The Army completed a milestone in helping to maintain stability in Iraq now that the U.S. military has departed.
The Armed Scout Helicopters Project Office, along with several representatives from different organizations on Redstone Arsenal, made the eighth delivery of the Iraqi Armed 407 Bell helicopters to Iraq.
Three IA-407s were rolled away from the Science and Engineering Services Inc., or SESi, hangar and into a C-17 military transport aircraft flown by the New York Air National Guard on April 3. This makes the 24th IA 407 aircraft and their associated support equipment to be delivered to Iraq.
Lt. Col. Chris Mills, product manager for the Armed Reconnaissance Helicopter who is also leading the charge for the development and management of the Iraqi Armed 407 program, said the program is crucial for the U.S. and for the Army for several reasons.
“First, our Army is providing an armed scout capability to our allies in the country of Iraq. Second, we’re meeting the obligations of a foreign military sales case. And finally, this delivery showcases the capabilities of the Redstone Arsenal enterprise,” he said.
That enterprise is a total team approach from many organizations on Redstone. They include the Program Executive Office for Aviation with ASH Project Office, Security Assistance Command including the Security Assistance Training Management Office, Aviation and Missile Command with the Security Assistance Management Directorate, Aviation and Missile Research Development and Engineering Center with the Aviation Engineering Directorate and the Prototype Integration Facility, Army Contracting Command, Test and Evaluation Command with the Aviation Flight Test Directorate and Redstone Test Center, Aviation Applied Technology Directorate, SESi with the Joint Venture Yulista and SES, Joint Munitions Command, the Air Force, Garrison, the Office of Security Cooperation in Iraq, and the Iraqi 21st Aviation Squadron in Iraq.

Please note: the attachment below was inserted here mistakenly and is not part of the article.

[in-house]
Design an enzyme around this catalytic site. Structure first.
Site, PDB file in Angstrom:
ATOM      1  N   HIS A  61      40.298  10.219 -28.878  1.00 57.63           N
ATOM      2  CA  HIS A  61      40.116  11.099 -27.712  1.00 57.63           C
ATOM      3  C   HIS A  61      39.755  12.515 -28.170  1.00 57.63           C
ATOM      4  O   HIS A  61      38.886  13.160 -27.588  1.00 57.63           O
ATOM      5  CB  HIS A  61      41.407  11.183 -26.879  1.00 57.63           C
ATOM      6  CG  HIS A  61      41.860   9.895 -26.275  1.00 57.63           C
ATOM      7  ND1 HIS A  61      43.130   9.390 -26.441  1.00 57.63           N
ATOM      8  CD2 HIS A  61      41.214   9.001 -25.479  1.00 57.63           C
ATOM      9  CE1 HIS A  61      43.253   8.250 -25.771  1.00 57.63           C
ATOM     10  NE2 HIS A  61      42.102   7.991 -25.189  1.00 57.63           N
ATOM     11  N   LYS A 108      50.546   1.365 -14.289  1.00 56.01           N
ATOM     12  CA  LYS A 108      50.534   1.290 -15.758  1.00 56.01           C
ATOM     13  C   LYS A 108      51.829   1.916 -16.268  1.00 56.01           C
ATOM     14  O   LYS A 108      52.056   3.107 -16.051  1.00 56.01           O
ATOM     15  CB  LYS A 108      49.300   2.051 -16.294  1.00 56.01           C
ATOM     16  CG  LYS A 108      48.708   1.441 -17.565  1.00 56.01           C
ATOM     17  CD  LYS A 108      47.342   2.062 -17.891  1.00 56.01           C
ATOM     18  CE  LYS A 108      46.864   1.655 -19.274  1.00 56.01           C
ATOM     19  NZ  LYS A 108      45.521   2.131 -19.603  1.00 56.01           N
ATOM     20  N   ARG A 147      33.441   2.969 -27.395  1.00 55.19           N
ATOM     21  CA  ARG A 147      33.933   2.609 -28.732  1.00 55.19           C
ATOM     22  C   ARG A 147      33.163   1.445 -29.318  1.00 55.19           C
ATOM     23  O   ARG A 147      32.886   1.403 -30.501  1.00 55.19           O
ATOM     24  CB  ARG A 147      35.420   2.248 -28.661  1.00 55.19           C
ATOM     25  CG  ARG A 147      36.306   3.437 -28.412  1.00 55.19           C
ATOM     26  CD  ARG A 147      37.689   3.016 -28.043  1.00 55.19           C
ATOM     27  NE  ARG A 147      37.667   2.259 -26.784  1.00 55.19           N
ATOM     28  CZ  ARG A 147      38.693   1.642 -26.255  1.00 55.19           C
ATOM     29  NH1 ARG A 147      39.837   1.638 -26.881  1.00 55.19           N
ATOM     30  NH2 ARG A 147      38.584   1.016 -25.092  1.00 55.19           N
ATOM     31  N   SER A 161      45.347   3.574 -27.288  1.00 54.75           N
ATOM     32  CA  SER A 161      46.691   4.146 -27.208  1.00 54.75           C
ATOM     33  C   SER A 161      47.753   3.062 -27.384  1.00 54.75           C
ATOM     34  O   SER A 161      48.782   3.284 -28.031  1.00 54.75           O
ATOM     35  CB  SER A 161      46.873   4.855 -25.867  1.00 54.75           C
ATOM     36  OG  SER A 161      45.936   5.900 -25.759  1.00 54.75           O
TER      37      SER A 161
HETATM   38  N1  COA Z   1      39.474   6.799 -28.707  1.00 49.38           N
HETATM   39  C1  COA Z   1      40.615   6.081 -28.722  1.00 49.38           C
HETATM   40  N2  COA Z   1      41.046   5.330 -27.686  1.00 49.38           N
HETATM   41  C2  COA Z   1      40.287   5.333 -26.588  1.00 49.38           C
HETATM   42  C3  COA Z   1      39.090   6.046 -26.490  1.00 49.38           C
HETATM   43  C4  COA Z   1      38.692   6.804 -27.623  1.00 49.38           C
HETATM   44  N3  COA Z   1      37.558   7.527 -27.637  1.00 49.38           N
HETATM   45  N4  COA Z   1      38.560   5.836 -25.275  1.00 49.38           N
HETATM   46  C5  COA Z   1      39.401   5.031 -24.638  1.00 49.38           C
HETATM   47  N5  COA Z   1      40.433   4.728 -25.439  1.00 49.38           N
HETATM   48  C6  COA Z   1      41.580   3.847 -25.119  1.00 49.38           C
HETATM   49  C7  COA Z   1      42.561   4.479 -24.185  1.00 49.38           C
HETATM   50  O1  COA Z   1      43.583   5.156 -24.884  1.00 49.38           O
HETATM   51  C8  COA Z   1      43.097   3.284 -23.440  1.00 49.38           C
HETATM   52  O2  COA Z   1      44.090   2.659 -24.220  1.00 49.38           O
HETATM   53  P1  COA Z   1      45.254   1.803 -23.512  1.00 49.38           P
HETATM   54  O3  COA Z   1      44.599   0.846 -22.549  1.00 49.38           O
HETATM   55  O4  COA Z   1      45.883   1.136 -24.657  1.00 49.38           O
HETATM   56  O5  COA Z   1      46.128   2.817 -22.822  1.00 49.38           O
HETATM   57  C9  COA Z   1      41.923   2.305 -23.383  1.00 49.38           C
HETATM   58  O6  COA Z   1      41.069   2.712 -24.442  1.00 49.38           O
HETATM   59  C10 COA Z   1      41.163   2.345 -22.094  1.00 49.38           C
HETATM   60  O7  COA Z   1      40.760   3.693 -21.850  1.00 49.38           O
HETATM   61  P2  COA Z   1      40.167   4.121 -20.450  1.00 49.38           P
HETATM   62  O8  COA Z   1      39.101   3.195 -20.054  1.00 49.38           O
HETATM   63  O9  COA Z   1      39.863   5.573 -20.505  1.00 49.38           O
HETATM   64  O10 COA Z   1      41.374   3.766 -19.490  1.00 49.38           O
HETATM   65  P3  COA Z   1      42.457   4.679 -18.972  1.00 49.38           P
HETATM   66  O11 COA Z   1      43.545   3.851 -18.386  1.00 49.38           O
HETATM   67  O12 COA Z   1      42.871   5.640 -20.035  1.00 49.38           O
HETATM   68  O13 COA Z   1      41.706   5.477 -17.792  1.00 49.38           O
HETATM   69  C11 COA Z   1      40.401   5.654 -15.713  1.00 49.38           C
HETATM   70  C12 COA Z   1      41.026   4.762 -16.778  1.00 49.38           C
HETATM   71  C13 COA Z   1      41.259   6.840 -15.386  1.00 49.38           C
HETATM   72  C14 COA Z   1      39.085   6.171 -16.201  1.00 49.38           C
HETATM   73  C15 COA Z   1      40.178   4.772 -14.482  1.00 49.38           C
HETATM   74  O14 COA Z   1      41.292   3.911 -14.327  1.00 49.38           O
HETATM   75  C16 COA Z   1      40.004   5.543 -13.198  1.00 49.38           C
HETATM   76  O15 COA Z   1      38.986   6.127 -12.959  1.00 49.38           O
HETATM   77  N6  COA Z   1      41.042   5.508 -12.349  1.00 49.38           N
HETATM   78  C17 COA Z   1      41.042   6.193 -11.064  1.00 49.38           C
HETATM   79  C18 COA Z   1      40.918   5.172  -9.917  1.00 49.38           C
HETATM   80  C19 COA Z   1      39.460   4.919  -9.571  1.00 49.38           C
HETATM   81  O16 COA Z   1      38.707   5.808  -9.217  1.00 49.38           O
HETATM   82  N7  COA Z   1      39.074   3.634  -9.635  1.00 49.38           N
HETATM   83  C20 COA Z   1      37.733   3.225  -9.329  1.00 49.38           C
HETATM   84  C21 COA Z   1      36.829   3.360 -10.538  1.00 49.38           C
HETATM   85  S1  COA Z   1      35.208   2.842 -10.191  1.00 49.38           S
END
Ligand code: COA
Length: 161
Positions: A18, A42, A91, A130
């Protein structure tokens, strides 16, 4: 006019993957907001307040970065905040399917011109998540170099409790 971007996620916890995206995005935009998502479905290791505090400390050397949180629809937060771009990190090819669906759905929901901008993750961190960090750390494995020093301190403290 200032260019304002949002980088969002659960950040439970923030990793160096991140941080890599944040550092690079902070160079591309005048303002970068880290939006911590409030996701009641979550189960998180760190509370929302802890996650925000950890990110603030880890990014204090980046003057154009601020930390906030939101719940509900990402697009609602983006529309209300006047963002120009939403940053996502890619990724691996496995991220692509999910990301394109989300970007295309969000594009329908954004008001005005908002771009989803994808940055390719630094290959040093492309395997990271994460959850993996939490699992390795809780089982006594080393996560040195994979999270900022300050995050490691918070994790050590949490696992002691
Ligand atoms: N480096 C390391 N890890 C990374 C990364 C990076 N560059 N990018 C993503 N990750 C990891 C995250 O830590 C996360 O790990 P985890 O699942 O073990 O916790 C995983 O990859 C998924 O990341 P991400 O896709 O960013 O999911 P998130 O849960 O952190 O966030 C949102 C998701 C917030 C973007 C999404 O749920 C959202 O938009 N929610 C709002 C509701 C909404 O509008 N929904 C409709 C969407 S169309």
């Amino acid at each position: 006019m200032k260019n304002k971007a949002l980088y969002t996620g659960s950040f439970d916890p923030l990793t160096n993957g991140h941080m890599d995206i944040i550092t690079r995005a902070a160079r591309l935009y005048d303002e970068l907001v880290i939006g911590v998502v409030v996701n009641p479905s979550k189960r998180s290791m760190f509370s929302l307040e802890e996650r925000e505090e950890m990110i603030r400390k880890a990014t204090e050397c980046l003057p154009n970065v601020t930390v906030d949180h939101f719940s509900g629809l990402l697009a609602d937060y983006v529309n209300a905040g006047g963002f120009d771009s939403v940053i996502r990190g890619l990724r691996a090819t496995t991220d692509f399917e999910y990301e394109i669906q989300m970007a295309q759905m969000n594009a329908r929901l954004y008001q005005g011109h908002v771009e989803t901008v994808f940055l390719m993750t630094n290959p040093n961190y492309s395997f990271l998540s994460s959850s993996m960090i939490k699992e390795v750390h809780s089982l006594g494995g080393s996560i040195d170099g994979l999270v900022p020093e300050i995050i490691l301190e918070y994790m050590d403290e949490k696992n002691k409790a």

“This is an important milestone in this program,” Mills said. “The PM is the lead systems integrator, but almost all the major activities on the Arsenal were involved in the success here.”
Three training aircraft, or T-407s, were delivered to Iraq in 2010. The first production IA 407 was delivered in August 2012. “We’ve been delivering three a month except for March due to availability of transportation,” Mills said.
Three prototype aircraft will remain on Redstone in accordance with the Iraqis’ wishes for the aircraft’s future development and testing. “If they change their mind and want us to deliver those, then we will bring them to a production configuration and deliver them,” Mills said.
Hal Ridley, chief logistician for ARH Project Office, has made all the deliveries except for two. Mills noted that this is an impressive feat since each rotation takes from 10-15 days. “Each time the team returns from Iraq, we’re preparing for the next delivery, so it’s a pretty aggressive schedule,” Ridley said.